A Town's Old-Fashioned Monkey-Bar Raising
Kids swing into action on a new playground built with four years of sweat equity
The need for a playground at the James Russell Lowell Elementary School was fairly obvious: There wasn't one.Skip to next paragraph
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Children had to cross the road off school grounds to play on an outdated, rudimentary setup.
Crossing the street meant an extra teacher had to be on hand to escort a child back across the road, say, to go to the restroom. An extra teacher meant an extra class, and that meant 40 to 50 kids playing on one so-so playground at once.
A group of parents decided the school could do better. They formed a committee, and after meeting with playground representatives and getting some fundraising ideas rolling, they proposed a modest playground on school grounds. It would be safe and useful to all children, including those in wheelchairs. It would also help accommodate the influx of baby-boomer babies.
Four years and a whole lot of deals later, the Lowell School is getting its playground - despite competing projects, naysayers, and funding challenges.
Community-funded playgrounds are becoming more common as school and town funds dry up and parents demand high-quality play equipment.
"There's been a big surge in awareness in playground safety and a lot of attention is being paid to communities ripping out the old ones," says Kim Zipse, marketing project manager for Landscape Structures Inc., a park and playground equipment company based in Minneapolis that sold the equipment to the Lowell School playground committee.
"It is amazing what communities can do when they band together," she notes. "People in small communities sometimes have no money, no means, and sometimes they'll put forth the effort and put up the best playground."
One small community outside the Twin Cities, for example, has involved nearly everyone in town. They've written a playground theme song and even persuaded one car dealer to donate a minivan to raffle off to raise money.
The same type of gusto can be found in Watertown. Moms and dads helped raise money, worked with town and school officials, and got their hands dirty on site. Businesses, volunteers, teachers, and the school principal also rose to the occasion.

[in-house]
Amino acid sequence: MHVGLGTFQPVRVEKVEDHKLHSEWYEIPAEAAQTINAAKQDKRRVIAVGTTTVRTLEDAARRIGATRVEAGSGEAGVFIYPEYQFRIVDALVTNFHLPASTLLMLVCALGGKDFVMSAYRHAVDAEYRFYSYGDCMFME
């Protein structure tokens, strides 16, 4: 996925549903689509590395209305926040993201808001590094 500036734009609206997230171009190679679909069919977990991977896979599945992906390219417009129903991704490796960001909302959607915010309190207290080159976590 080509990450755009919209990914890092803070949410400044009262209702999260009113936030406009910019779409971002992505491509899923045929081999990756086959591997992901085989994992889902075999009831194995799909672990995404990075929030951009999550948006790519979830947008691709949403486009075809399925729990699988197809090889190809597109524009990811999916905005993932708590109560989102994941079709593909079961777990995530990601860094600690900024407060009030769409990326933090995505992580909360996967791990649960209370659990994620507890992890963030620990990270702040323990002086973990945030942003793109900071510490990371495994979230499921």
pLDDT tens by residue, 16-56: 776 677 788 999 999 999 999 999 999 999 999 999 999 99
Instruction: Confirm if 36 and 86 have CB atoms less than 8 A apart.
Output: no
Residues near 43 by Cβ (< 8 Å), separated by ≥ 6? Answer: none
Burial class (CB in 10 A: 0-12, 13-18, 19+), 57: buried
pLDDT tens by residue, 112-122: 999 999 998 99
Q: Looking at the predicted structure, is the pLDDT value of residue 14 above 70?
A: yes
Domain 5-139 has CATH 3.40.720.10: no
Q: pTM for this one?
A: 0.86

"The amazing thing was how willing people are to donate and to help," says Kathy Schickel, a member of the playground committee and a mother of four, three of whom attend Lowell.
Several Saturdays ago, Nynex, the local phone company, dug the holes, and the initial structures were put up. It was like an old-fashioned barn-raising in this working-class community where "homes are filling up with families," according to Stephan Messina, a school-committee member.
"I can't believe this is happening," said Shirley Gibson, the school's longtime secretary, as she surveyed the scene. "This is the bow tie, the ribbon on the box," she says referring to the school's expansion.
Local vendors - including 5 pizza parlors - donated food. Teachers pitched in for a deli platter. The girls' varsity field hockey team came over to help.
"I thought this would be a good team-building type of challenge," says coach Eileen Donahue. "The kids are all excited. And more than half of them are former Lowell students."
As harmonious as the groundbreaking was this particular Saturday, the four-year process provided plenty of lessons in "getting along."
"You know it's to benefit the kids, and you don't let the politics get to you, although sometimes they do," says Maggie Thomas, mother of three, who ushered the playground project from start to finish. "Ironically, we wanted children to cooperate, but we had to learn how to cooperate in order to make it happen."
In the first years, the committee changed members because several people moved. The original plan to "build it ourselves" crumbled when they learned that the liability was prohibitive.